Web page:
Pets for prisoners plan
PRISONERS ARE being lined up to keep pets to cut down on suicides in the UK’s jails.
Experts believe that allowing prisoners to look after dogs, cats and other pets will stop depressed inmates killing themselves at the rate of two a week.
Prisons and Probation Ombudsman Stephen Shaw said: ‘It is not just relationships with other human beings that are fractured when you go to jail. The intensity of our attachment to animals can mean losing touch with them is almost as hurtful as losing touch with family.’
Mr Shaw writes in the prisoners' magazine, Inside Time: ‘Having a pet to look after and train has a genuinely therapeutic effect.’
Mr Shaw, who investigates prison deaths, cites pet projects working in US jails. He added: ‘America claims remarkable results for a programme linking problem youths with problem dogs.’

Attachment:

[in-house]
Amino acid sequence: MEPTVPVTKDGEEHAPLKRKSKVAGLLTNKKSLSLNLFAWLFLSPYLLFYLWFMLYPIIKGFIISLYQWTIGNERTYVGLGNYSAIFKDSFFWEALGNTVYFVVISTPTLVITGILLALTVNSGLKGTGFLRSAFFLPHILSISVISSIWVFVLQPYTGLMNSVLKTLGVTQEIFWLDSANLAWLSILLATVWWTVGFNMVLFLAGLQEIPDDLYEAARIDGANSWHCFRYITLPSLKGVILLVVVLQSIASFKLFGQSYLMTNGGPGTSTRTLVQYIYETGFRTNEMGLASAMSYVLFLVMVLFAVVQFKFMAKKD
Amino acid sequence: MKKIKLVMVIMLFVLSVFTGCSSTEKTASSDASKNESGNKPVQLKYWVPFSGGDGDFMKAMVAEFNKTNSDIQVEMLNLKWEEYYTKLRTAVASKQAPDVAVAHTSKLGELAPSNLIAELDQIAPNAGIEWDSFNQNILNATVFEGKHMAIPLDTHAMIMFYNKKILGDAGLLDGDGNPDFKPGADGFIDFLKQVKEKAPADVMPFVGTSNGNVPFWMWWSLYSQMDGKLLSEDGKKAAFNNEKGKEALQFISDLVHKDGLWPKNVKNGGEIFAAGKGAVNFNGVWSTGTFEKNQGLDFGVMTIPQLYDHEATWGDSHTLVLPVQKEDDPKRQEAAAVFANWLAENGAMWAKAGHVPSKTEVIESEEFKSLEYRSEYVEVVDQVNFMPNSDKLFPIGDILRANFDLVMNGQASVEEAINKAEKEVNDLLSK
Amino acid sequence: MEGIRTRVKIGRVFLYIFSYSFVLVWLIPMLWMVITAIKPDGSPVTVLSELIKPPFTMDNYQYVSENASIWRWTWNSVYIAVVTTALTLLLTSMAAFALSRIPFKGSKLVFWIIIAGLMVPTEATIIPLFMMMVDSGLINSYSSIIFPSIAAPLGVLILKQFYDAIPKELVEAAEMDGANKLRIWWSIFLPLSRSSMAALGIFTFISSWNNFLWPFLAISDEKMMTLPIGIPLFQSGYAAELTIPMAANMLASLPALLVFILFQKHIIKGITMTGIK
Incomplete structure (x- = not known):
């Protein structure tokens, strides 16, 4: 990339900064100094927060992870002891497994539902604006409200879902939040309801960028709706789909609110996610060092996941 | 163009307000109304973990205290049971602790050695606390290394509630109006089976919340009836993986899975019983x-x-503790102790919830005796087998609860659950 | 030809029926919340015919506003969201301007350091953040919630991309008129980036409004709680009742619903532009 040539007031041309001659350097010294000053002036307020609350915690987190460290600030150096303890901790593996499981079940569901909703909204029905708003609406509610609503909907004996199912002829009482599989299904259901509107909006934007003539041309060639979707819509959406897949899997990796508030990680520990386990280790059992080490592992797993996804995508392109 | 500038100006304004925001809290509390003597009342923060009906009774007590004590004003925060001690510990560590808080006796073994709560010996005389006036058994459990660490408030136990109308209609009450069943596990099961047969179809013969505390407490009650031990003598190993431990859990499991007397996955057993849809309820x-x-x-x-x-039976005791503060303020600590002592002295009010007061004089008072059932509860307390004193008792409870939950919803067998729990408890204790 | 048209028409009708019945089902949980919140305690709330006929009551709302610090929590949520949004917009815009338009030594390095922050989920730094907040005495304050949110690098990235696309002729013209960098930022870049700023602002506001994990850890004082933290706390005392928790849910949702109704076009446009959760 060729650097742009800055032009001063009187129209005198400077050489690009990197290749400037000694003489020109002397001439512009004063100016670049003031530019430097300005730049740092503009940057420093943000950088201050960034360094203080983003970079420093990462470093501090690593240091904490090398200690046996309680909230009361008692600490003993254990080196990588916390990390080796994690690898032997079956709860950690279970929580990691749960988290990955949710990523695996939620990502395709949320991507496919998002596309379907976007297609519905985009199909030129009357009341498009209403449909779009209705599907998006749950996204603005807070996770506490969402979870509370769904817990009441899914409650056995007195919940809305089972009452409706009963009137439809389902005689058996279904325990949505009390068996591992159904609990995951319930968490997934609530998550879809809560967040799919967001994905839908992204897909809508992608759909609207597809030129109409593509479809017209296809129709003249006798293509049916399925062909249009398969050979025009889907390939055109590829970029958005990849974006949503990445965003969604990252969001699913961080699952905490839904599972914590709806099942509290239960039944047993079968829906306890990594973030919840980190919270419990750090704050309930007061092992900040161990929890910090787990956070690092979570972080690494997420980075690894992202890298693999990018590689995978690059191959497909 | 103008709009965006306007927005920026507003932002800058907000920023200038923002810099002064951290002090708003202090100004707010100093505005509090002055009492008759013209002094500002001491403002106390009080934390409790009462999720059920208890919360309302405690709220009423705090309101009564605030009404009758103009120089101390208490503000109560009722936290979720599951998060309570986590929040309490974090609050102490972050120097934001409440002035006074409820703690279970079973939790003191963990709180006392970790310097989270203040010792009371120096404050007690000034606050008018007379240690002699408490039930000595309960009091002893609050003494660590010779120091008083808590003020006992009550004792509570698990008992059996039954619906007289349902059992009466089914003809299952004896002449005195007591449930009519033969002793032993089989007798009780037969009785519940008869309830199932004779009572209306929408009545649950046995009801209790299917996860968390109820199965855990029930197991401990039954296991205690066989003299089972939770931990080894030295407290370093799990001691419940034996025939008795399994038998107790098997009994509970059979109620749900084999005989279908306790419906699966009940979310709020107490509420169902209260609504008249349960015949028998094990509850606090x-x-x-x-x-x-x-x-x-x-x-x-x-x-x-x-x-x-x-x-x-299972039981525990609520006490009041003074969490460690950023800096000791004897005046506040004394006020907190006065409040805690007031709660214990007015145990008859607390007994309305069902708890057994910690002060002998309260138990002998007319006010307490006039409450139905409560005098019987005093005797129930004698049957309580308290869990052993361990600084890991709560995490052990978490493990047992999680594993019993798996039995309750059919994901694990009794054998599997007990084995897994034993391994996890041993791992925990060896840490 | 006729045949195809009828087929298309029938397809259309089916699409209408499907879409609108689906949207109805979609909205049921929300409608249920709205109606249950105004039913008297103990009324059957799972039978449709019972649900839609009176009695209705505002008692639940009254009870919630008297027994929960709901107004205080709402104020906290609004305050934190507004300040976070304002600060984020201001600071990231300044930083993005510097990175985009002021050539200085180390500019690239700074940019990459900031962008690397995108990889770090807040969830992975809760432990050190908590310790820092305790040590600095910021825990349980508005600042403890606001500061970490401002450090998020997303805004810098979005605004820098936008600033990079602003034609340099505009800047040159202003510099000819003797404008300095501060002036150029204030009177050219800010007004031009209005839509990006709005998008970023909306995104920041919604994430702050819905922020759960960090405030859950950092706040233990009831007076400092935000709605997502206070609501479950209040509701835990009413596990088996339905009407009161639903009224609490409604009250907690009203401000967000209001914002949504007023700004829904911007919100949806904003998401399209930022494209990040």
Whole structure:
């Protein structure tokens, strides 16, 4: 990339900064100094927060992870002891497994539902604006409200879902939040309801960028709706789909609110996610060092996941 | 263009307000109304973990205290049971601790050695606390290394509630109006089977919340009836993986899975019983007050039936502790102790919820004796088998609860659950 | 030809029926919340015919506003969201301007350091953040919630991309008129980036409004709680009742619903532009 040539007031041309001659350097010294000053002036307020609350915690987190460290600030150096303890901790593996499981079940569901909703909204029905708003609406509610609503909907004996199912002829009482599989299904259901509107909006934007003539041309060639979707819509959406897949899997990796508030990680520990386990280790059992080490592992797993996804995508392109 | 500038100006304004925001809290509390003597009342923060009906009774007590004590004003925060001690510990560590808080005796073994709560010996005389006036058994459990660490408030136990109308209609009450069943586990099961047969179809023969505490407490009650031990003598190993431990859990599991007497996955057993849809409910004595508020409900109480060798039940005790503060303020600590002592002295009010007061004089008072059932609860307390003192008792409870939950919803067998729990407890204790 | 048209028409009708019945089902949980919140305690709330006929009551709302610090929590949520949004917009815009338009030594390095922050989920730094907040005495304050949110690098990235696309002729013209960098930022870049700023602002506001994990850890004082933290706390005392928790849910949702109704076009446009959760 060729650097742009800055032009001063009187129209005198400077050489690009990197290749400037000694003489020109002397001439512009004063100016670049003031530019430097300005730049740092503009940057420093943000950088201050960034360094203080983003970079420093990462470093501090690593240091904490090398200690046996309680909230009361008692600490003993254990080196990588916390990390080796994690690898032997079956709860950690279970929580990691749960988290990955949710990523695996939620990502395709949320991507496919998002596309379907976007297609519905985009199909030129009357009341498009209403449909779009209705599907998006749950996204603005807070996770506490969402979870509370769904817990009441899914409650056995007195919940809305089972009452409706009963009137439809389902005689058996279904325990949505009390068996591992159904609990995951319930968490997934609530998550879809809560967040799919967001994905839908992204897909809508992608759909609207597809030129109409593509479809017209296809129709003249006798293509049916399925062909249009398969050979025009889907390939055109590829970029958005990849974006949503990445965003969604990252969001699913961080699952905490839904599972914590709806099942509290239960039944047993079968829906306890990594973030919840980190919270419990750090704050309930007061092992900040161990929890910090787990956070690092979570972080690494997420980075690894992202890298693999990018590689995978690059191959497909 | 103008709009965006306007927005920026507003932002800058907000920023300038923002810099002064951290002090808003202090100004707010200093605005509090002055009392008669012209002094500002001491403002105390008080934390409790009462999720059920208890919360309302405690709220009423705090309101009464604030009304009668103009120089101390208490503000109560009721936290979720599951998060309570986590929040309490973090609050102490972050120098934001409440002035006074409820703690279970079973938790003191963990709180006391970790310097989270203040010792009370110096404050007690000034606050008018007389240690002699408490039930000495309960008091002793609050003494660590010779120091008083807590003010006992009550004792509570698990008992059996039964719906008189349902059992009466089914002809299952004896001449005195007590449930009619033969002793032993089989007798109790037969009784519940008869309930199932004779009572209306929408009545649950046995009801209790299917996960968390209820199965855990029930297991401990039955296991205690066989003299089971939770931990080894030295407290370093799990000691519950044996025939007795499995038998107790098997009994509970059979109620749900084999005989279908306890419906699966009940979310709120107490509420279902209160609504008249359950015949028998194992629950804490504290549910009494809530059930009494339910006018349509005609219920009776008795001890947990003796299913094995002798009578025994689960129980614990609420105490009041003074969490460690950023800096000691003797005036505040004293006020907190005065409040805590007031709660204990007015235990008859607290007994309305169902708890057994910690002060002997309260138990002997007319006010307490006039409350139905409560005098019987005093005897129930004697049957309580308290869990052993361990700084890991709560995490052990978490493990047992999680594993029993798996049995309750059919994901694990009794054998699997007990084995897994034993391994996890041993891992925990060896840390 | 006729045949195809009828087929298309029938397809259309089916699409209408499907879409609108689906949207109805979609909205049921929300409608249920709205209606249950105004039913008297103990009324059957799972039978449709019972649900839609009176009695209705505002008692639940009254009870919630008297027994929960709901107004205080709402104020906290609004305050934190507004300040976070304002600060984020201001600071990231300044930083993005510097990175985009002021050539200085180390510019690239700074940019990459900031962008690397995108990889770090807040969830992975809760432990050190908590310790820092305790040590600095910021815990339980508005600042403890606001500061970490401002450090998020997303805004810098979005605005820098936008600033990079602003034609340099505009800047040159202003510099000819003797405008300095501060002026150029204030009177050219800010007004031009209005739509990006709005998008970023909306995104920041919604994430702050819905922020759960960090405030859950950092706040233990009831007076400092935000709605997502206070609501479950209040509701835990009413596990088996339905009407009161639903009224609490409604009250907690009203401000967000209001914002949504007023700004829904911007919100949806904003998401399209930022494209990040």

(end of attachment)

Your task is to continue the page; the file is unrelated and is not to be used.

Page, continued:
Studies from the US show that pets for carefully selected long-term prisoners helped to ‘reduced violence, drug abuse and even suicide’.
Maureen Hennis, chief of the charity Pets as Therapy welcomed the idea and commented: ‘The benefits animals can bring are huge. Just stroking a dog in prison would bring down stress levels and reduce the suicide rate.’
But Norman Brennan of the Victims of Crime Trust took a dim view of the suggestion and said: ‘This is nonsense. When people go to prison they forfeit rights. Allowing them to have cats and dogs makes a mockery of the whole system.’